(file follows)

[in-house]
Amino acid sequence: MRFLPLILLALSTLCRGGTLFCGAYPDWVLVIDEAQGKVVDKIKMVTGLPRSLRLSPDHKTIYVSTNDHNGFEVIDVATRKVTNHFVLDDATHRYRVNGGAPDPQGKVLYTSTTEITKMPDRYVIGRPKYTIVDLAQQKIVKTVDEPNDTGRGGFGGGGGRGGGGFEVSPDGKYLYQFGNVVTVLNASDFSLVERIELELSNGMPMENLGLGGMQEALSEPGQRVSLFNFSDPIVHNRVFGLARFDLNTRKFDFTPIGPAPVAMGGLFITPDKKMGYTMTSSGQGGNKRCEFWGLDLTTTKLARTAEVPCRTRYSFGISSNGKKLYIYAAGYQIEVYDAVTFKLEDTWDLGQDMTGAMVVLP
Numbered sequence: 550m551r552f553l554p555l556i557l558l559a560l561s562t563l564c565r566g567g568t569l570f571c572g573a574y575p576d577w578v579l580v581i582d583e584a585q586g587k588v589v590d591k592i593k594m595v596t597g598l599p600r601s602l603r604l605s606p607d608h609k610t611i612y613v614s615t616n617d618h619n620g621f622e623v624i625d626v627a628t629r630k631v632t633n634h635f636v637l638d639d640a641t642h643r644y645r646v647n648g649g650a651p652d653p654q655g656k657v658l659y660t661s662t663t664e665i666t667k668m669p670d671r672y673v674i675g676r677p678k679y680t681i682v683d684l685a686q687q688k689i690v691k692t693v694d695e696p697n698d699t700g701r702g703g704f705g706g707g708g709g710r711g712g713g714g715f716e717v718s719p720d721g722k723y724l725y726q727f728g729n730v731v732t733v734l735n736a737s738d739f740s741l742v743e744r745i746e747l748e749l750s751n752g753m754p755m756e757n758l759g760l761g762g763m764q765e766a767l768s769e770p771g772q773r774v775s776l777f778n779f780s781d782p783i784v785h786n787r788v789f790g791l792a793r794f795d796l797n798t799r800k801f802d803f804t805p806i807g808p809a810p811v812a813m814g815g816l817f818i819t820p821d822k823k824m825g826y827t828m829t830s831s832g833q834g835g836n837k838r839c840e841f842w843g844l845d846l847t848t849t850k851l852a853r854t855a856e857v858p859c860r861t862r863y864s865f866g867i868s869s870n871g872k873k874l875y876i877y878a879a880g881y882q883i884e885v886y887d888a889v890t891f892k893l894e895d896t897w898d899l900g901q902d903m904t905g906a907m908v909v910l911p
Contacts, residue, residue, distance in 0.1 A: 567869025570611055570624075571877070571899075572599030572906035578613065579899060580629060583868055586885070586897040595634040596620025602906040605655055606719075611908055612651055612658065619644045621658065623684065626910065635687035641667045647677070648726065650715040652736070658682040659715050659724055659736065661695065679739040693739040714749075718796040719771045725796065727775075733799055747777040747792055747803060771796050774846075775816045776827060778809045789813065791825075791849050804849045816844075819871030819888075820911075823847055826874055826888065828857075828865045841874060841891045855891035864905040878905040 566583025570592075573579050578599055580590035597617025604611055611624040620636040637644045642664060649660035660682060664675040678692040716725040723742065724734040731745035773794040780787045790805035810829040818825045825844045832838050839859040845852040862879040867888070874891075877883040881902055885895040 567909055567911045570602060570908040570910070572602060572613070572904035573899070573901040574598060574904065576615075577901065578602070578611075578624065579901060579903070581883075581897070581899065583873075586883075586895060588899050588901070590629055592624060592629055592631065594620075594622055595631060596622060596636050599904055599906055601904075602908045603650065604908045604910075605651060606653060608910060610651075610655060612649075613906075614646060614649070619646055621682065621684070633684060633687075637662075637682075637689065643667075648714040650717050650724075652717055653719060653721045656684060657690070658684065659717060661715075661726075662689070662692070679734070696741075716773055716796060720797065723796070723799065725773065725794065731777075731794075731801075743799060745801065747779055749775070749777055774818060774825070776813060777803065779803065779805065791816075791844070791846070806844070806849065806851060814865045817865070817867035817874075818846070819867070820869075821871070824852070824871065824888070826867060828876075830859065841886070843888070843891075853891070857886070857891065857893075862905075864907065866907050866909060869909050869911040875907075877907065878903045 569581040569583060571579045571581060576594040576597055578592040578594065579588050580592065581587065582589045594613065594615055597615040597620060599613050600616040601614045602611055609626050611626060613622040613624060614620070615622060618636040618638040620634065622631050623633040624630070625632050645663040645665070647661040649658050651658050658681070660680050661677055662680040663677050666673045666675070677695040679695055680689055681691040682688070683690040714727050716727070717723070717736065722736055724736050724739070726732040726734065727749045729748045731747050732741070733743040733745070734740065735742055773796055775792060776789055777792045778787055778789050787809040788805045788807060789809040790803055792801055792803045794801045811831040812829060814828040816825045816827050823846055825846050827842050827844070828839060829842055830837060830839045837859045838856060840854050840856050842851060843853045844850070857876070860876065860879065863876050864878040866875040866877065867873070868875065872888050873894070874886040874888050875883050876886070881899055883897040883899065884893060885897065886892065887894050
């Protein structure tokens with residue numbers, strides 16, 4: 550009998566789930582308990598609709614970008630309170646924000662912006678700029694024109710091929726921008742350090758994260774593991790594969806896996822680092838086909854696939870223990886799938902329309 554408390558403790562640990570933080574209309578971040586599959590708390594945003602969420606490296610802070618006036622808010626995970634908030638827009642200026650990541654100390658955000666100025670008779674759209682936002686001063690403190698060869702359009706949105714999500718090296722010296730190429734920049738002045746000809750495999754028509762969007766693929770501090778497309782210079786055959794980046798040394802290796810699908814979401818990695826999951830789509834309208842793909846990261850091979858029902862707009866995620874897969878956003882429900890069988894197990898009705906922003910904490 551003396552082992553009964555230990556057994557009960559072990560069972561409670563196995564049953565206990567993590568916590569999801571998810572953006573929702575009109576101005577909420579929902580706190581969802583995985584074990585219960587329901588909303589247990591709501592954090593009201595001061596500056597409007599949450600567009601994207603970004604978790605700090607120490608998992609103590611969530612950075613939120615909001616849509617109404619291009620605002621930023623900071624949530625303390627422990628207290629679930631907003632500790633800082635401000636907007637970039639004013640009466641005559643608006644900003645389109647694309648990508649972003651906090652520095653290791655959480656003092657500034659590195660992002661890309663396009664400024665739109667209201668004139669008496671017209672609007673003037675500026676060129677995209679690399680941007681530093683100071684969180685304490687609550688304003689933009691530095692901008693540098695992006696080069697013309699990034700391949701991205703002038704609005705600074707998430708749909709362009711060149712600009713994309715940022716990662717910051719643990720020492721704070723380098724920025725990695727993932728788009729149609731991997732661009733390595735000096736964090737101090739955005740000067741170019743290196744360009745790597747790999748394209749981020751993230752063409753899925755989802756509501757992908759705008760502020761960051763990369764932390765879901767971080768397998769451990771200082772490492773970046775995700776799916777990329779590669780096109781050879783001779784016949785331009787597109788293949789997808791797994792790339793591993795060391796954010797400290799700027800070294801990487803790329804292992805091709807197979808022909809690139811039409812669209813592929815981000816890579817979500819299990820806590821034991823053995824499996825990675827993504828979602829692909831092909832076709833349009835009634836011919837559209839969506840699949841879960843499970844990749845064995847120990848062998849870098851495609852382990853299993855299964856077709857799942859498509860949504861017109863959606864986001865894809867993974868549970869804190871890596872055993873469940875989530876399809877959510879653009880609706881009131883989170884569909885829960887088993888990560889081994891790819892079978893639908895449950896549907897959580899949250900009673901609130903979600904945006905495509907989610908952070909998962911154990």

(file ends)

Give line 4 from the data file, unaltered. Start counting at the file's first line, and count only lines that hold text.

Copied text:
Contacts, residue, residue, distance in 0.1 A: 567869025570611055570624075571877070571899075572599030572906035578613065579899060580629060583868055586885070586897040595634040596620025602906040605655055606719075611908055612651055612658065619644045621658065623684065626910065635687035641667045647677070648726065650715040652736070658682040659715050659724055659736065661695065679739040693739040714749075718796040719771045725796065727775075733799055747777040747792055747803060771796050774846075775816045776827060778809045789813065791825075791849050804849045816844075819871030819888075820911075823847055826874055826888065828857075828865045841874060841891045855891035864905040878905040 566583025570592075573579050578599055580590035597617025604611055611624040620636040637644045642664060649660035660682060664675040678692040716725040723742065724734040731745035773794040780787045790805035810829040818825045825844045832838050839859040845852040862879040867888070874891075877883040881902055885895040 567909055567911045570602060570908040570910070572602060572613070572904035573899070573901040574598060574904065576615075577901065578602070578611075578624065579901060579903070581883075581897070581899065583873075586883075586895060588899050588901070590629055592624060592629055592631065594620075594622055595631060596622060596636050599904055599906055601904075602908045603650065604908045604910075605651060606653060608910060610651075610655060612649075613906075614646060614649070619646055621682065621684070633684060633687075637662075637682075637689065643667075648714040650717050650724075652717055653719060653721045656684060657690070658684065659717060661715075661726075662689070662692070679734070696741075716773055716796060720797065723796070723799065725773065725794065731777075731794075731801075743799060745801065747779055749775070749777055774818060774825070776813060777803065779803065779805065791816075791844070791846070806844070806849065806851060814865045817865070817867035817874075818846070819867070820869075821871070824852070824871065824888070826867060828876075830859065841886070843888070843891075853891070857886070857891065857893075862905075864907065866907050866909060869909050869911040875907075877907065878903045 569581040569583060571579045571581060576594040576597055578592040578594065579588050580592065581587065582589045594613065594615055597615040597620060599613050600616040601614045602611055609626050611626060613622040613624060614620070615622060618636040618638040620634065622631050623633040624630070625632050645663040645665070647661040649658050651658050658681070660680050661677055662680040663677050666673045666675070677695040679695055680689055681691040682688070683690040714727050716727070717723070717736065722736055724736050724739070726732040726734065727749045729748045731747050732741070733743040733745070734740065735742055773796055775792060776789055777792045778787055778789050787809040788805045788807060789809040790803055792801055792803045794801045811831040812829060814828040816825045816827050823846055825846050827842050827844070828839060829842055830837060830839045837859045838856060840854050840856050842851060843853045844850070857876070860876065860879065863876050864878040866875040866877065867873070868875065872888050873894070874886040874888050875883050876886070881899055883897040883899065884893060885897065886892065887894050